Wrongful Death: Proving Your Claim in Oregon and Washington State

Filing a wrongful death claim is a serious matter. It means you lost someone you love due to the fault of another person or entity, and now you seek reimbursement for your loss. This includes the damages to cover the unexpected costs of medical care, lost wages, and other potential compensatory damages you incurred.

Moreover, you are filing this claim after you are already emotionally, mentally, financially, and even physically exhausted. The stakes for getting the claim right are high. It may be the difference between getting fair compensation or not.

What is needed to file (and prove) a wrongful death claim in Oregon or Washington State?

Filing a wrongful death claim can be time-consuming because it is important to make sure the supporting evidence is accurate and complete. Your case can be fought and won only if all the following elements are properly proven.

Duty of Care

The person or entity in question must have had a duty of care to your loved one to take action (or inaction) to prevent harm, including death. Examples that express what this means include:

  • A worksite supervisor who is not your loved one's employer has a legal responsibility to provide a safe working environment, including policies and safety gear, when necessary.
  • Manufacturers of products have a legal responsibility to ensure the products are safely designed and made with due care so that a consumer is not harmed by the product when using it according to the instructions.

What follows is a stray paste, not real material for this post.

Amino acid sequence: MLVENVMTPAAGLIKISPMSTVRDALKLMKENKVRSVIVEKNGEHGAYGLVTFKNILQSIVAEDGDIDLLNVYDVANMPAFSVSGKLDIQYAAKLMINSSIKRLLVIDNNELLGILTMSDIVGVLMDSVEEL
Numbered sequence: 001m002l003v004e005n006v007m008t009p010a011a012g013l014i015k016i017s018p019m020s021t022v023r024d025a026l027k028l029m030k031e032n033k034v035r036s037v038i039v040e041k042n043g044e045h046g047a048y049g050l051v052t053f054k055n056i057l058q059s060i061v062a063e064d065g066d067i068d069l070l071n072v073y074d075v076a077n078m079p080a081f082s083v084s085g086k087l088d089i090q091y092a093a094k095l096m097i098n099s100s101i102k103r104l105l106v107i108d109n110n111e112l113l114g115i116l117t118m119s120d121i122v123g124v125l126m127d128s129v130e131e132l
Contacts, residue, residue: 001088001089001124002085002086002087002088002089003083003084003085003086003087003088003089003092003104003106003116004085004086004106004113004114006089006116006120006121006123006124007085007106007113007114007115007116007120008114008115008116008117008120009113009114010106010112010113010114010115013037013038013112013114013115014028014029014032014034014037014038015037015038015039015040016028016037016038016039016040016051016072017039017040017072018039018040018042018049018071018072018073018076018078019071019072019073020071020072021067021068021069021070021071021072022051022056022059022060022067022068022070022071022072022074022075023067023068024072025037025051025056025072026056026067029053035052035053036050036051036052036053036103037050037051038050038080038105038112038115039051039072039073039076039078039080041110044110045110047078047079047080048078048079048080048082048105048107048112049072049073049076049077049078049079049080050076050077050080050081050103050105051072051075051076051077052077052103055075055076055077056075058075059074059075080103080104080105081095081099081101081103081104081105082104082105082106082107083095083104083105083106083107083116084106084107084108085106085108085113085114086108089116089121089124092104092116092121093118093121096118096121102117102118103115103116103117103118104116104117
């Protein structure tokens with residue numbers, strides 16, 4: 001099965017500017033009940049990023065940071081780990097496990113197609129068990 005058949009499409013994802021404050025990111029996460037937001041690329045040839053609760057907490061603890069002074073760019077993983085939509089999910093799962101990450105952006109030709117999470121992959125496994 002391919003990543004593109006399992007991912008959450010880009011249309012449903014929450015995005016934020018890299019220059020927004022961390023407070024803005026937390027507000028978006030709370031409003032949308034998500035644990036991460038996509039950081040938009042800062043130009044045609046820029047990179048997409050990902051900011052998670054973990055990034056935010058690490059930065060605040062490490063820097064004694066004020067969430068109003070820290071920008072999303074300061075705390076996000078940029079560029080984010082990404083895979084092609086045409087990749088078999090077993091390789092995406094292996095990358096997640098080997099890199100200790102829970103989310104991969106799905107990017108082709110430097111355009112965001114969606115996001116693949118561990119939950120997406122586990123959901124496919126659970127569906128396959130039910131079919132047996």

• Motorists have a legal responsibility to adhere by the rules of the road when driving to prevent auto accidents that could cause injury or death.

To prove the person or entity -- who is the subject of your claim -- had a duty of care, laws, policies, and other standards established by the industry or by federal or state agencies can be informative. Duty of care is not always a difficult element to prove because the duty is generally already established and in many cases understood by the public.

Breach of Duty

The person or entity must have breached his or her duty of care. A breach can occur either through negligence or -- to a lesser extent -- with intent, and through this negligence or intentional act, your loved one was killed. Generally, this means the person did not do something that he or she should have reasonably done or that he or she did something that should not have been done. Examples include:

  • A worksite supervisor who is not your loved one's employer failed to provide safety equipment.
  • A manufacturer failed to notice the improper manufacture of a product.
  • A motorist texted messages while driving a vehicle.

Proving the duty of care was breached will depend in large part on the facts of the case. Did an employer fail to provide safety equipment or did the employee fail to wear it? Did the manufacturer fail to produce the product properly or did the consumer fail to use it according to instructions or in a foreseeable and reasonable manner? Did the motorist who drove allegedly drunk actually cause the accident or was the accident caused by or in part by the decedent? This element can be harder to establish depending on the nature and complexity of the case.

Causation

The breach of duty must have caused your loved one's death. It is not enough to show a duty and a breach of that duty, but the breach must have been the event that caused the death of your loved one. It must be shown that the negligence directly caused your loved one's death and that his or her death would not have occurred but for this negligence -- or in some cases, intent. Examples of linking the breach to the death include:

  • Safety equipment used onsite at a lumberyard was known to malfunction, but the lumber company failed to pay for its timely repairs, and your loved one, who was not a direct employee of the lumber company, was injured and subsequently died after being harmed by the equipment -- this would not have happened if the company had provided safe, properly functioning equipment.